Summer gardening has come to a close and it’s time to do some clean up in the garden. Particularly the raised garden beds.
Now, I know what you’re thinking…
Why would I spend time undoing a garden that won’t be touched for months anyway?
And why would I give myself more work if the gardening season is done?
Simply put, you need to clean up a mess before it gets worse.
Think about it. Would you prefer to clean it all up in the fall as soon as it’s said and done with? Give it some more nutrients to enrich the soil to be primed and ready for spring planting?
Or would you rather wait to get to it until spring? The garden is an utter mess and a particularly wet winter has made everything sludgy and mucky. Oh, and the soil is not prepared for gardening. You now have to clean it out, add organic matter to enrich the soil, and then wait a few more weeks until you can plant anything. This, in turn, shortens the entire gardening season.
So, it just makes sense to get it done in the fall time.
Just think of it as that one last gardening chore that will fully pay off come spring.
Why prep raised beds for winter months?
Keeps pests away
Amends soil for optimum health
Wards off weeds
As you can see, prepping the garden for colder months is not done for no reason. There is a method to my madness, afterall!
So, let’s get into all the details about how to prepare raised beds for winter…
How to Prepare Raised Beds for Winter
Remove weeds and dead plants | how to prepare raised beds for winter
First, you will want to remove any weeds and dead plants leftover from the summer gardening. Basically, you are giving yourself a clean slate by clearing it all out and giving the soil some space to breathe.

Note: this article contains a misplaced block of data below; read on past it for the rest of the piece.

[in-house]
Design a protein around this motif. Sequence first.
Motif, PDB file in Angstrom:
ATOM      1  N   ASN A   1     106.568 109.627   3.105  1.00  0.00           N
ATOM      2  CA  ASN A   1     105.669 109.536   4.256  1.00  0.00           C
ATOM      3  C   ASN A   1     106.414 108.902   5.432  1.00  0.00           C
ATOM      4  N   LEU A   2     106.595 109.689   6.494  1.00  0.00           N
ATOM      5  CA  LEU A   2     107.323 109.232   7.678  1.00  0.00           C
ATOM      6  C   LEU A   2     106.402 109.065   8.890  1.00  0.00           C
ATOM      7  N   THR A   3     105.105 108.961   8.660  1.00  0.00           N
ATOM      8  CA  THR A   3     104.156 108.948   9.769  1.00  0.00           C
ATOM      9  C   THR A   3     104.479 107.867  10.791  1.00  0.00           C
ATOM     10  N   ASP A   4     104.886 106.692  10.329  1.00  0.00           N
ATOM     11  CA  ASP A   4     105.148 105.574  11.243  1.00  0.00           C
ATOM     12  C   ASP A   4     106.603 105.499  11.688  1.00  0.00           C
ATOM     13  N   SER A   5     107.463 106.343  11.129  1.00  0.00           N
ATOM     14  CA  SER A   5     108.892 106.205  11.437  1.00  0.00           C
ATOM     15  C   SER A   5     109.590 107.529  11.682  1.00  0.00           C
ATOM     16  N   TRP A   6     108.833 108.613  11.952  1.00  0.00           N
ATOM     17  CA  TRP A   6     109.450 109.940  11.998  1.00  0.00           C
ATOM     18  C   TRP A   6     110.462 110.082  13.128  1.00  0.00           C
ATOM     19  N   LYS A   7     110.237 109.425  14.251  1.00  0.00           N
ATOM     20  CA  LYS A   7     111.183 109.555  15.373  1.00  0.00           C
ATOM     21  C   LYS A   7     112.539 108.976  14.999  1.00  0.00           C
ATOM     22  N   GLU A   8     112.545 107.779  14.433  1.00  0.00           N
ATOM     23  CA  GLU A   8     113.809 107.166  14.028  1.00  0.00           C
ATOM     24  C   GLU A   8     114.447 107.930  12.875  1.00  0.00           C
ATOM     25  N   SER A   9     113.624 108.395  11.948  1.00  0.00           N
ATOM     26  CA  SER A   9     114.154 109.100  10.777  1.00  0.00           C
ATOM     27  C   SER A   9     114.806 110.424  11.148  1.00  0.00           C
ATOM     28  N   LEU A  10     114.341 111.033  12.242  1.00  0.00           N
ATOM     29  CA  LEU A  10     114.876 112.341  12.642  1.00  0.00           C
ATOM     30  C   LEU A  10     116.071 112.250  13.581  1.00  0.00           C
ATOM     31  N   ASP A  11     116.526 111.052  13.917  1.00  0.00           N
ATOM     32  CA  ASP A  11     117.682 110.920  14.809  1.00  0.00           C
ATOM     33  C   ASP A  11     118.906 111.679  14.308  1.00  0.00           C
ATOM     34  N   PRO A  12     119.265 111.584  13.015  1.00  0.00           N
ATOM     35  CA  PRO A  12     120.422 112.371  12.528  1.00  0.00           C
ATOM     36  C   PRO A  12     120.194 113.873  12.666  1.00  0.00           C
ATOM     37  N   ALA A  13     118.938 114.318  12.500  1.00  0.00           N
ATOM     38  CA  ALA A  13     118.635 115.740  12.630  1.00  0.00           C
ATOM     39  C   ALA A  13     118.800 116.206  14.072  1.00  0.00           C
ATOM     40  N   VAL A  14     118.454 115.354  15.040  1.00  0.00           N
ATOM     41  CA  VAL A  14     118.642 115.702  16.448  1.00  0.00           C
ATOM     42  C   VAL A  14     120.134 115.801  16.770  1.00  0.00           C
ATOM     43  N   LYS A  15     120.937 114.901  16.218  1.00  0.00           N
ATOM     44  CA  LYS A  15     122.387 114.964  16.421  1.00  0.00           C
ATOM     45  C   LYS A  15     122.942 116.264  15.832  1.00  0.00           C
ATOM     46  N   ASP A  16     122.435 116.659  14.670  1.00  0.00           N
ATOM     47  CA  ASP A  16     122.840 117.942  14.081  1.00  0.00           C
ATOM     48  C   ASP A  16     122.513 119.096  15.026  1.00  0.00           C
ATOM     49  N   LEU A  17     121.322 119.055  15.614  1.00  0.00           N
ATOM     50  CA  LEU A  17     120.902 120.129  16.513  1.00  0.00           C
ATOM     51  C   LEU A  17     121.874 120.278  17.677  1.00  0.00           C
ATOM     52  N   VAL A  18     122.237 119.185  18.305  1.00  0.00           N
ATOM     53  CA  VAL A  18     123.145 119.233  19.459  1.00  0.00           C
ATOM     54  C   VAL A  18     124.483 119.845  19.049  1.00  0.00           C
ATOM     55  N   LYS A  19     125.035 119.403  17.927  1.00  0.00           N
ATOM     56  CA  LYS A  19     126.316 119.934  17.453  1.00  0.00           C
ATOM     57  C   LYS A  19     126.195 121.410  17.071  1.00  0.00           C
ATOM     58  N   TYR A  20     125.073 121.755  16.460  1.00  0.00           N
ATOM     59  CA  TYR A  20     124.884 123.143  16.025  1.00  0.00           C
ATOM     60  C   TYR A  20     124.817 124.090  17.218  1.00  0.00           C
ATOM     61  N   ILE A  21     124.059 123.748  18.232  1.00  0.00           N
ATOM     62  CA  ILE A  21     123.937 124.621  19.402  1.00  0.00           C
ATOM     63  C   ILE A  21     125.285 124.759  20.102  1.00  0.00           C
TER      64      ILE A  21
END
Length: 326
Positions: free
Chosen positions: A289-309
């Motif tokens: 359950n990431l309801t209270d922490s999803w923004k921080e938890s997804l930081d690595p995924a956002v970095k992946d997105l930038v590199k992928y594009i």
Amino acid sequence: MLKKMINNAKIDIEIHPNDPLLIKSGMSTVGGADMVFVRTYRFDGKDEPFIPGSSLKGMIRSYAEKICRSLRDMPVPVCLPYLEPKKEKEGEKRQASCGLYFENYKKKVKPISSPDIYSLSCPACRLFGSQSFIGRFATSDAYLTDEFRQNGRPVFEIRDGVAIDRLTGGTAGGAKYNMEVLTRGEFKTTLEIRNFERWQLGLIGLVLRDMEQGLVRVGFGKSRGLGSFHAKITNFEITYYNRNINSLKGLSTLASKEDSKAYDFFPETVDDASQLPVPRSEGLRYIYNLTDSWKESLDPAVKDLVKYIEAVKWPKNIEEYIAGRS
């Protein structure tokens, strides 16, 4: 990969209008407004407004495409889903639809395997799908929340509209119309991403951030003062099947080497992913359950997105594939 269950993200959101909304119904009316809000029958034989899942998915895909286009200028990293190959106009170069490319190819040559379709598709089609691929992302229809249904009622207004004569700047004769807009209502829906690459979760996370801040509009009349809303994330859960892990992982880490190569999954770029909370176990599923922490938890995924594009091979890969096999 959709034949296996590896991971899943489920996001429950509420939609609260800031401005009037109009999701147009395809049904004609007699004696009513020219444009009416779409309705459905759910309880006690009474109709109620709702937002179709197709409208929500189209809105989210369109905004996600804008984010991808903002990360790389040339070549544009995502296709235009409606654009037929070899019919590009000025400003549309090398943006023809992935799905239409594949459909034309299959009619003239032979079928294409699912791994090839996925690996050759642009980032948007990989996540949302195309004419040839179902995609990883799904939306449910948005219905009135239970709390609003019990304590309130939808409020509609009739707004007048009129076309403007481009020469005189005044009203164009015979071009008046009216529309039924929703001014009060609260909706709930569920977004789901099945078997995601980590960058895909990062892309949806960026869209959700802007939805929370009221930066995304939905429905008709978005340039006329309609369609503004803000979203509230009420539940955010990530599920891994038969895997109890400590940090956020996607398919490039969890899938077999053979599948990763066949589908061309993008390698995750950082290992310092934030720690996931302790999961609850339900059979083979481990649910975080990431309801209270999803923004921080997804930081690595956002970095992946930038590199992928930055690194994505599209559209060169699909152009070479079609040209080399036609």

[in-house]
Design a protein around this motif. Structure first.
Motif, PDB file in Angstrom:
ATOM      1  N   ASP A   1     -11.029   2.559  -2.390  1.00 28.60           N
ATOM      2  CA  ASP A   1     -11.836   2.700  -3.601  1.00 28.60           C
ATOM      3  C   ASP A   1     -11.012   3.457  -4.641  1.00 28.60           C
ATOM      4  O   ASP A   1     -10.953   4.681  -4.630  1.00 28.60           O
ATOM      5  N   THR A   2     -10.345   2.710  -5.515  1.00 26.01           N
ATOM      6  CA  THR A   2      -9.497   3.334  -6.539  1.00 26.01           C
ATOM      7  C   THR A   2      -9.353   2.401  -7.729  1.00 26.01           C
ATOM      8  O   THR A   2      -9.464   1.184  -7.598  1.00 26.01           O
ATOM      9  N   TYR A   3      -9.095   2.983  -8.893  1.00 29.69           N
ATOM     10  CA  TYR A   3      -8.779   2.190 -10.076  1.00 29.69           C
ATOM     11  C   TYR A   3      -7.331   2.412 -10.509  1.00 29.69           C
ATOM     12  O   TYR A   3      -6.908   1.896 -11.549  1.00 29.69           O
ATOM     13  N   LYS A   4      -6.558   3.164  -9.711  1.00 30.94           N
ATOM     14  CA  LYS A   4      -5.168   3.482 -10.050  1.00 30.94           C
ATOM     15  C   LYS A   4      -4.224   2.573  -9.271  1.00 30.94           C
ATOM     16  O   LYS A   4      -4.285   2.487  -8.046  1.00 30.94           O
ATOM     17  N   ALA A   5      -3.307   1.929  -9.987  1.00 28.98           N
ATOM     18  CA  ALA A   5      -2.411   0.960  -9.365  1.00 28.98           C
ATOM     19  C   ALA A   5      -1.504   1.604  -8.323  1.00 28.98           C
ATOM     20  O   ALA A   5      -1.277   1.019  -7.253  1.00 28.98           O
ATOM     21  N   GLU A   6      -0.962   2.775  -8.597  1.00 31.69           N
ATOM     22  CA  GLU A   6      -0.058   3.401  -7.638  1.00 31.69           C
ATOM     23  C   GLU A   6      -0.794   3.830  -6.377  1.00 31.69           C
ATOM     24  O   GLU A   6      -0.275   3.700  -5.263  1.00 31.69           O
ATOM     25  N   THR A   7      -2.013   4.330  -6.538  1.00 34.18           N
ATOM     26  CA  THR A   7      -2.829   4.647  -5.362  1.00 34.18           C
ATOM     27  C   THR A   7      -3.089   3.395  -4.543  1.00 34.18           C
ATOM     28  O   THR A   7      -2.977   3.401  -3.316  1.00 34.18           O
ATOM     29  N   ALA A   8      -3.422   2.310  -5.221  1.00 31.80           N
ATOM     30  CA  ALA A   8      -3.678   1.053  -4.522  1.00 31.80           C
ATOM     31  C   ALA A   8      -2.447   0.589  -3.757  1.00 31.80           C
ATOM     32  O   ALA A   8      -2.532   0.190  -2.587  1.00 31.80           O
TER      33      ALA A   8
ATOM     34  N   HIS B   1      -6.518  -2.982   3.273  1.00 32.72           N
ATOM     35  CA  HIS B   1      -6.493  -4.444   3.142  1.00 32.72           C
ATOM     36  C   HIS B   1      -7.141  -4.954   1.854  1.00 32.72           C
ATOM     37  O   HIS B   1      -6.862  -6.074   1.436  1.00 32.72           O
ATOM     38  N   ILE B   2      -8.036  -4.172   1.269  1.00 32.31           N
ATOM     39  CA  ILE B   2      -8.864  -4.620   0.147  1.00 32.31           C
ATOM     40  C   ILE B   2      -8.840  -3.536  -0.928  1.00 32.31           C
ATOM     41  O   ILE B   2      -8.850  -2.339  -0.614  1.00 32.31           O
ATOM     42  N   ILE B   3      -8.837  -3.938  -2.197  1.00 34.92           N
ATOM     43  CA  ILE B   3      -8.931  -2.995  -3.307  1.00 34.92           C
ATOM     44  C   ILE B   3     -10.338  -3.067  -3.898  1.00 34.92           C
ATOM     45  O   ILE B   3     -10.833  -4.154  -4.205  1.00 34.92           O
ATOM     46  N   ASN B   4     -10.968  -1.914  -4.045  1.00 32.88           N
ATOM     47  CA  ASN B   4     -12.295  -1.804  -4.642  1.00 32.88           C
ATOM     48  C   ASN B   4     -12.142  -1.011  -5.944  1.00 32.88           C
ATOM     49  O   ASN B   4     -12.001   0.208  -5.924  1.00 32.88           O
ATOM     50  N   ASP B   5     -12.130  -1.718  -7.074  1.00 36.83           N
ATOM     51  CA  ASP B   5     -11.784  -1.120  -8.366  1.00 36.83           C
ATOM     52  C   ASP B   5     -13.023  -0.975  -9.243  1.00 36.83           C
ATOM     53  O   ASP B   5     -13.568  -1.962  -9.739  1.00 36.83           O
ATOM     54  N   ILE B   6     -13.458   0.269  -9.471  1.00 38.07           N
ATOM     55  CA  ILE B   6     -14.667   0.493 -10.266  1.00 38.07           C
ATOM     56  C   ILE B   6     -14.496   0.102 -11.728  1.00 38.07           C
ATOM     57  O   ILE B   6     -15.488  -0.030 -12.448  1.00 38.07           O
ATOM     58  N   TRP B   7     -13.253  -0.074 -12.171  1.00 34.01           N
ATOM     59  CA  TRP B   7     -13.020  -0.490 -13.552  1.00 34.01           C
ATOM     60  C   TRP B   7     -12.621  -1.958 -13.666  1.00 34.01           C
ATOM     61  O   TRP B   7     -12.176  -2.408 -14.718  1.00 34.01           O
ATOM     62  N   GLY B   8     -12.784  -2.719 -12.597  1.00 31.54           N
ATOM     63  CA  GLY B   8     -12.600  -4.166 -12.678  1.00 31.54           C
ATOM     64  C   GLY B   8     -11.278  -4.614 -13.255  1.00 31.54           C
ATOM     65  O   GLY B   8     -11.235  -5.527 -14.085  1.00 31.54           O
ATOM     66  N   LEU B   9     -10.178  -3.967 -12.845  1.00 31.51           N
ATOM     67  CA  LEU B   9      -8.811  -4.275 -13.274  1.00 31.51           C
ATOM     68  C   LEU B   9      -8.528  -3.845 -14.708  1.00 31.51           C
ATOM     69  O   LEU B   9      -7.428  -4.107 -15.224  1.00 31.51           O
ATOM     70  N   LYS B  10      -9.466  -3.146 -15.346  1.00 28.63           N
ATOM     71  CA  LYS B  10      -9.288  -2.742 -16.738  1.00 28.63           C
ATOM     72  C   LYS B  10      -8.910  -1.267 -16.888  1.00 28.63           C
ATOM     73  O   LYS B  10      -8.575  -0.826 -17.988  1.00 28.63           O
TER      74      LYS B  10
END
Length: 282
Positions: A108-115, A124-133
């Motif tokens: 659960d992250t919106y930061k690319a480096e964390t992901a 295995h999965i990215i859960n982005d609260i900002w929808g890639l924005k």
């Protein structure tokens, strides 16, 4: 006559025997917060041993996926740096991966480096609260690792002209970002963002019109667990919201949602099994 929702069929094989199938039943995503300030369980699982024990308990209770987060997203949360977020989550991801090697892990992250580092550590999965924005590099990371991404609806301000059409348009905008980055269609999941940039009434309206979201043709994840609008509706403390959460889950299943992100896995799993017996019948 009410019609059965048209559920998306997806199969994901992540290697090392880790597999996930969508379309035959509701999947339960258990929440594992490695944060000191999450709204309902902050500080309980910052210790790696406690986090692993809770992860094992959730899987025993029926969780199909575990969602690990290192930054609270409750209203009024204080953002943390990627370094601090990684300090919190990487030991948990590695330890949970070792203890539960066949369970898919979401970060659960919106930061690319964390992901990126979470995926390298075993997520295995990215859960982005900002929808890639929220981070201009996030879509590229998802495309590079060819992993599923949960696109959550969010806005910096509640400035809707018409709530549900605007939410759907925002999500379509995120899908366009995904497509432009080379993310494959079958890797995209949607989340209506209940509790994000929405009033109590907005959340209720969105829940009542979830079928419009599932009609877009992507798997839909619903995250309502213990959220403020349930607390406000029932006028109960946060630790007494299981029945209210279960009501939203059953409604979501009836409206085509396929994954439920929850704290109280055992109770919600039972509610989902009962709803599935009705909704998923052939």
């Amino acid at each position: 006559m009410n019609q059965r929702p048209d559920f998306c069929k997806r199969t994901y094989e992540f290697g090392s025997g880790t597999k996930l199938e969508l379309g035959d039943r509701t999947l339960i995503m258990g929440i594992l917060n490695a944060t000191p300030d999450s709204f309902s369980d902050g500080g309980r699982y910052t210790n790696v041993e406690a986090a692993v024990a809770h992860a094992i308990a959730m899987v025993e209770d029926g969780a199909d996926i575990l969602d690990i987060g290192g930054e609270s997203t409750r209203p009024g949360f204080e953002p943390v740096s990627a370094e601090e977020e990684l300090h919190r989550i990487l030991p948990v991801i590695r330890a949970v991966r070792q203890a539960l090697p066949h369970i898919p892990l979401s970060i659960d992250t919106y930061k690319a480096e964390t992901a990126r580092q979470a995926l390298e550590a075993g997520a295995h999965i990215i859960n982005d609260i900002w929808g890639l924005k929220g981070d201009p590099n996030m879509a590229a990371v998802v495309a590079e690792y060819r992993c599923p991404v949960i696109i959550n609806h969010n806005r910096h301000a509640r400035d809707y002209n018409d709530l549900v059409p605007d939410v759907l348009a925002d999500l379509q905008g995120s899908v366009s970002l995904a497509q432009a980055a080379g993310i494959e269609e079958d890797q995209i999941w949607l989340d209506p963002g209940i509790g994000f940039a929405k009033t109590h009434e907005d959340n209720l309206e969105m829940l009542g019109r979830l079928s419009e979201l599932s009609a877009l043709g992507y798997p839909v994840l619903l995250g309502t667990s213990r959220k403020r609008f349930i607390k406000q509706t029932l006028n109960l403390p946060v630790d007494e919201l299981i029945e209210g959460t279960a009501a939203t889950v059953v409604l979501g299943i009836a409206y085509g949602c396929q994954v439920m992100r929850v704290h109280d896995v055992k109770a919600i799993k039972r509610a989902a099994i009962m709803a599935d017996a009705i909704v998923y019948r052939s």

Grab some gloves and pull out any plants and weeds by the base so you get the roots as well. Cleaning this debris out will not only give it a cleaner appearance, but will also take away any spots for pests to hide and harbor in over the winter.
Remove plant supports and stakes | how to prepare raised beds for winter
Next, remove any stakes or other plant supports from the raised beds. Be sure to save these for next year so you can save some money and resources. Wipe them down, tie them together into one pile, and keep them in a plastic bin and they’ll be good as new.
Add organic material | how to prepare raised beds for winter
It’s a good idea to add some organic material to your garden to decompose over the next few months to feed the soil. It’s important to balance the pH of the soil and enrich it with nitrogen.
You can use several different materials:
Homemade compost from kitchen scraps
Store bought mushroom compost
Plant cover crops | how to prepare raised beds for winter
One thing I’ll be adding to my raised beds this year are some clover seeds that I’ll germinate and then eventually overwinter. In spring, we’ll mow it down so it breaks down into the soil.
Crops like clover are special in that they don’t deplete the soil but actually enrich it with nitrogen. This is so beneficial to soil and your raised beds will be nice and happy come spring. You won’t need to manage them much at this time, but be prepared to weed whack or mow them when the weather starts to warm up in spring and let them further compost into the soil a couple of weeks before planting any spring crops.
Protect perennial plants | how to prepare raised beds for winter
You may not be growing any perennials in your raised beds and that’s fine. But if you are, now is the time to put these to rest for the winter too. They will overwinter on their own, but if you want to keep them going through the winter some herbs like chives, sage, or oregano will benefit from row cover to prevent frost damage. You’ll be harvesting through the cold season. If you opt not to, they will become dormant until spring weather triggers them to come back to life.
Check for and make repairs to raised beds | how to prepare raised beds for winter
Don’t forget to also check the raised garden beds for any loose boards, nails sticking out, or shifting boards. This can be dangerous or could lead to the raised beds breaking apart later. I recommend fixing them now in the fall, but if you think it can wait until spring you can always take note of it in a gardening journal and get to it first thing when the weather warms up.